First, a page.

LSAT Test Structure

LSAT or Law School Admission Test is an entrance test for students who wish to take up law as a profession. In order to have a career in law, they need to have certain capabilities. These capabilities not only help in shaping up the career graph, they also help in the course of studying and preparing for this career. Therefore, in the very beginning, students should be judged for their capabilities of enduring the professional and academic needs of this field.
The LSAT test structure is designed for this purpose. It is agreed that LSAT does not test all the aspects that any law college looks into while granting admission, but LSAT test structure provides a standardized and accepted measure to test most of the skills.

Understanding the LSAT Test Structure

LSAT is a half-day long test consisting of five sections, each being a 35 minute long test. All sections have multiple-choice questions. Out of the five sections, only four contribute to the LSAT score. These sections of LSAT test structure can be classified into three categories - reading comprehension, analytical reasoning and logical reasoning. These can be administered in any order. They are followed by another 35 minute writing sample test.

Reading Comprehension

This category contains one of the sections of LSAT test structure. It consists of four passages of about 400 to 500 words followed by five to eight multiple-choice questions. This tests your ability to understand and interpret written information by identifying the idea and thought of the author and draw inferences. This skill is pivotal to law school studies and thus considered important.

Analytical Reasoning

Out of the five sections of LSAT test structure mentioned above, one is the analytical reasoning section. The questions are in the form of logic games that are based on grouping and matching given data. You have to find the existing relationship and form conclusions. This requires analytical reasoning skills that help in problem solving. This section is included in LSAT test structure because problem solving is basic to the legal profession.

Logical Reasoning

There are two sections that are included in this category of LSAT test structure. There are short passages generally followed by one question prompt, though sometimes there can be two question prompts as well. These prompts are based on understanding of short passages. You are required to analyze, criticize, present alternatives and eliminate the errors in the passage with logic and reasoning. These questions generally appear in an order of increasing difficulty level. This skill helps you to survive in complex situations and use your brain to deal with the situations which is important for a career in law.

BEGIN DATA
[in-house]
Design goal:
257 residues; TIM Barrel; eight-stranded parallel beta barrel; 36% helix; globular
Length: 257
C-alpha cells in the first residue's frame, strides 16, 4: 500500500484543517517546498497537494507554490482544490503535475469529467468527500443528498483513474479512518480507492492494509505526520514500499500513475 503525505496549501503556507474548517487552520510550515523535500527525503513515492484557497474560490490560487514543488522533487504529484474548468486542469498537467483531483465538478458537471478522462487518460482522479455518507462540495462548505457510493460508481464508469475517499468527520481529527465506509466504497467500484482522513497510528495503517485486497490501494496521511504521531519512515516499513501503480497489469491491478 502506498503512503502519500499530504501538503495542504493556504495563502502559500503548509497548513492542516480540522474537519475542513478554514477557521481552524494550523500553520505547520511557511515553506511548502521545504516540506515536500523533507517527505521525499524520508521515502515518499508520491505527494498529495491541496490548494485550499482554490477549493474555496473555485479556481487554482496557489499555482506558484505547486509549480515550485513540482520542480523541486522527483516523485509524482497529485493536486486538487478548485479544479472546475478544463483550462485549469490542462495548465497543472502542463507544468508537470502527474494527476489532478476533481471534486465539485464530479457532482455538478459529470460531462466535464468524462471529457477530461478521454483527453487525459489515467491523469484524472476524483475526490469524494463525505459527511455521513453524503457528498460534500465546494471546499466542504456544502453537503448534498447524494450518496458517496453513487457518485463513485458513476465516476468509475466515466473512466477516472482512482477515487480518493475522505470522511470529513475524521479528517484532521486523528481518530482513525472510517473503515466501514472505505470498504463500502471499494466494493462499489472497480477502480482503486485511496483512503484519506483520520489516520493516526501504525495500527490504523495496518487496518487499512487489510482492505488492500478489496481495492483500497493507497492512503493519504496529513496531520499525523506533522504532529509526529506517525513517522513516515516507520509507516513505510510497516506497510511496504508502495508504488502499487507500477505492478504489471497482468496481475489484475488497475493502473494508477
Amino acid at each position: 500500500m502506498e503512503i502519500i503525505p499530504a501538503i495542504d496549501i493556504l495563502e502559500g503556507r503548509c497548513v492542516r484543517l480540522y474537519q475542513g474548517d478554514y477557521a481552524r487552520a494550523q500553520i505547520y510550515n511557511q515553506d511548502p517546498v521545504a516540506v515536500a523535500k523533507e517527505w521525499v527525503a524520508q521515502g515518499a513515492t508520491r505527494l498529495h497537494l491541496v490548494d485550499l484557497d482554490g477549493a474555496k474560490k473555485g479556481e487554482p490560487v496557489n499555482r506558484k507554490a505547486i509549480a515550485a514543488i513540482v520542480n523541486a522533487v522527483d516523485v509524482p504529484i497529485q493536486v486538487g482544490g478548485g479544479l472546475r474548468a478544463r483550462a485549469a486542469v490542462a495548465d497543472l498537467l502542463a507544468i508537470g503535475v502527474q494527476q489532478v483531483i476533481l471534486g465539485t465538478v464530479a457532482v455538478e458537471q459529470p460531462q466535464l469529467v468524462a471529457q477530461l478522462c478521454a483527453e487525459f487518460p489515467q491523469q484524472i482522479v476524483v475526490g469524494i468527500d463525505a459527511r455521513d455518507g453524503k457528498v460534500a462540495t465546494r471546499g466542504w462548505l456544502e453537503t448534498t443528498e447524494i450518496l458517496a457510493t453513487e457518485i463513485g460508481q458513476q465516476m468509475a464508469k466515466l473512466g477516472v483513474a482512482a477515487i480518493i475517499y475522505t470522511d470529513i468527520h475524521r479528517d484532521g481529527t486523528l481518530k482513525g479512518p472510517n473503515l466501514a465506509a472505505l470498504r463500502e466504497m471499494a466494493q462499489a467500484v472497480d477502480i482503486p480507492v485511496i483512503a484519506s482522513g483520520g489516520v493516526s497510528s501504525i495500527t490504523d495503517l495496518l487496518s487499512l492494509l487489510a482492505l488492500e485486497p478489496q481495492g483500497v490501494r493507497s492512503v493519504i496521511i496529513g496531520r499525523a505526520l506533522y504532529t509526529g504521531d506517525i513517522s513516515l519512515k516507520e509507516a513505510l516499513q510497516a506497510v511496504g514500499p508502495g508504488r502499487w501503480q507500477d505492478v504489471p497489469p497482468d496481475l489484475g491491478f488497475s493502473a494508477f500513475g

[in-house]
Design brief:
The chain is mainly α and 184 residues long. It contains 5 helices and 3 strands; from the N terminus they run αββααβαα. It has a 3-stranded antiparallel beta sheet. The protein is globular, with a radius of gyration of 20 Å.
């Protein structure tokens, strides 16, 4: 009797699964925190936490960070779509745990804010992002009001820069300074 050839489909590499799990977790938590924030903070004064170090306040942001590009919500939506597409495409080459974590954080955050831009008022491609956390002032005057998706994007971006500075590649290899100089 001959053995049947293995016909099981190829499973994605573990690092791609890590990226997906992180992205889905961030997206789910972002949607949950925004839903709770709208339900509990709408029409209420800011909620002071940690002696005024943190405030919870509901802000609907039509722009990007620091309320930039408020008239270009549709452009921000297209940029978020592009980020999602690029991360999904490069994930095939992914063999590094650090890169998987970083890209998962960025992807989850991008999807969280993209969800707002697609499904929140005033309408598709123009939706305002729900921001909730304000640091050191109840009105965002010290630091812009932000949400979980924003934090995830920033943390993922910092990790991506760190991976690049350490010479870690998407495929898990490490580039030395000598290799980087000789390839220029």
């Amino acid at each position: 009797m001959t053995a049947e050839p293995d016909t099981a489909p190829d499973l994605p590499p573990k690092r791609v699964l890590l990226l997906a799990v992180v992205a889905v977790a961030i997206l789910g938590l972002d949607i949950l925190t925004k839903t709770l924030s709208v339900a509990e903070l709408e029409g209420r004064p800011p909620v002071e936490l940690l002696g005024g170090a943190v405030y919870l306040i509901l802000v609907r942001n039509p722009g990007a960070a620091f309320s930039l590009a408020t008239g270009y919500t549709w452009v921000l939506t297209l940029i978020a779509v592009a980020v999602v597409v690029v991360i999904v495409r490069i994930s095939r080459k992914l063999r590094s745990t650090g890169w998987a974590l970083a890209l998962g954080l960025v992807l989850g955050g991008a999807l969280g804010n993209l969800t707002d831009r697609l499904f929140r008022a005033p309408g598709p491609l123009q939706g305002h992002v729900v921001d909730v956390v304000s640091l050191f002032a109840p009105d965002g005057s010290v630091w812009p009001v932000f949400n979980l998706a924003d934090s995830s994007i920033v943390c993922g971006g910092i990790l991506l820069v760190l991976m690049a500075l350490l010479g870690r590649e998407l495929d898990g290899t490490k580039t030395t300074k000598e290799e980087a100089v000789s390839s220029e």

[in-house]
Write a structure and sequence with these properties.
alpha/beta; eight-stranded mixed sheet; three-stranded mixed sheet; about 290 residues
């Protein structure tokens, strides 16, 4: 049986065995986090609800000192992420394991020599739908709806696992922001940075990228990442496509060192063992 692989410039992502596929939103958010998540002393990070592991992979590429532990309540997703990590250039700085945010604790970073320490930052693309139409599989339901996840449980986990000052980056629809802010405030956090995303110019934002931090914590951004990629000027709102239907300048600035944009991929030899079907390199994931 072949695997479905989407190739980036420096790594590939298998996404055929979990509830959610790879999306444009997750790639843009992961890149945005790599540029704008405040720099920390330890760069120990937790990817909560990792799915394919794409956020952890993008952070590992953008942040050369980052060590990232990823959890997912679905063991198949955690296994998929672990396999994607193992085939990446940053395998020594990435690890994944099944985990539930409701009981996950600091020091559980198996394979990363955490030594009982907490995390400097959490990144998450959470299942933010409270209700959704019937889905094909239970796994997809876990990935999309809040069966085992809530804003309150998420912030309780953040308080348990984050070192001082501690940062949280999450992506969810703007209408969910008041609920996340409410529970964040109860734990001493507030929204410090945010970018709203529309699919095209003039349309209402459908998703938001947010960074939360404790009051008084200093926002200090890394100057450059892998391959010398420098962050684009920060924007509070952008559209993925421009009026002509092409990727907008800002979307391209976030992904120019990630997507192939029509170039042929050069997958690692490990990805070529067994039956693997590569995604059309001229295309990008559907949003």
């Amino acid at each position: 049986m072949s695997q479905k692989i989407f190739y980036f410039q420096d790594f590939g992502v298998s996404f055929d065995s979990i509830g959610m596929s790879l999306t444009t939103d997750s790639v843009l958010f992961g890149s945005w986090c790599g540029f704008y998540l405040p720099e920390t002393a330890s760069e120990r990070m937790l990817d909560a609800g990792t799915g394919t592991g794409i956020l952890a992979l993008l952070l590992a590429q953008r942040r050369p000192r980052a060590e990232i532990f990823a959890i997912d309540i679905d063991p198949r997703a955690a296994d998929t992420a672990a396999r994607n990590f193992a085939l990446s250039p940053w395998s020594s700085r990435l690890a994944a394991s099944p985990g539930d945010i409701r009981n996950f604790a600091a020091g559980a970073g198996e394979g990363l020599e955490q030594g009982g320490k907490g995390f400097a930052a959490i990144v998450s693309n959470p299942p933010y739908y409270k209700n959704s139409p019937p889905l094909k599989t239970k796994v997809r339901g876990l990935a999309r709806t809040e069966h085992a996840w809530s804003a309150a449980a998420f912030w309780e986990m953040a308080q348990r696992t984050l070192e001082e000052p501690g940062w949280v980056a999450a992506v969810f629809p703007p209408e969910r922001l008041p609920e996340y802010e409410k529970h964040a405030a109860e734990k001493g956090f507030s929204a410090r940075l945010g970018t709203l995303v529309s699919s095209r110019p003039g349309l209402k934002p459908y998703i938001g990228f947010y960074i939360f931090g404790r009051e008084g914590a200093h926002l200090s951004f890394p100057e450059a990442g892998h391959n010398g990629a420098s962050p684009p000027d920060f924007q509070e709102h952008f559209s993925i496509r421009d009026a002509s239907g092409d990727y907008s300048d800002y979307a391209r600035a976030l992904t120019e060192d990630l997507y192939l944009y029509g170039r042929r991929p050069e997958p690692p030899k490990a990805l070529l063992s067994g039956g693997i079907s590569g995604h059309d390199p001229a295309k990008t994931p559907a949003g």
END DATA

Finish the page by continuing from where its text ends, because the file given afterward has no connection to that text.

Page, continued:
Un-scored Section

This is the fifth experimental section of the LSAT test structure. It is not known as to which section is the experimental section and it can be similar to any one of the four sections of the LSAT test structure. It is not scored and the purpose behind including this section is to test new questions for law exams to be held in future.

Writing Sample

This section of the LSAT test structure is conducted in the end of the five sections. It is an essay writing section which is not scored, but is sent to the colleges along with your LSAT score. However, the college admission board may or may not use the writing sample. That is why the importance of this section should not be underestimated. Here the student is supposed to support one of the given views about the argument presented. This section tests your line of thought and expression which helps in judging your capabilities of pursuing legal studies and career.

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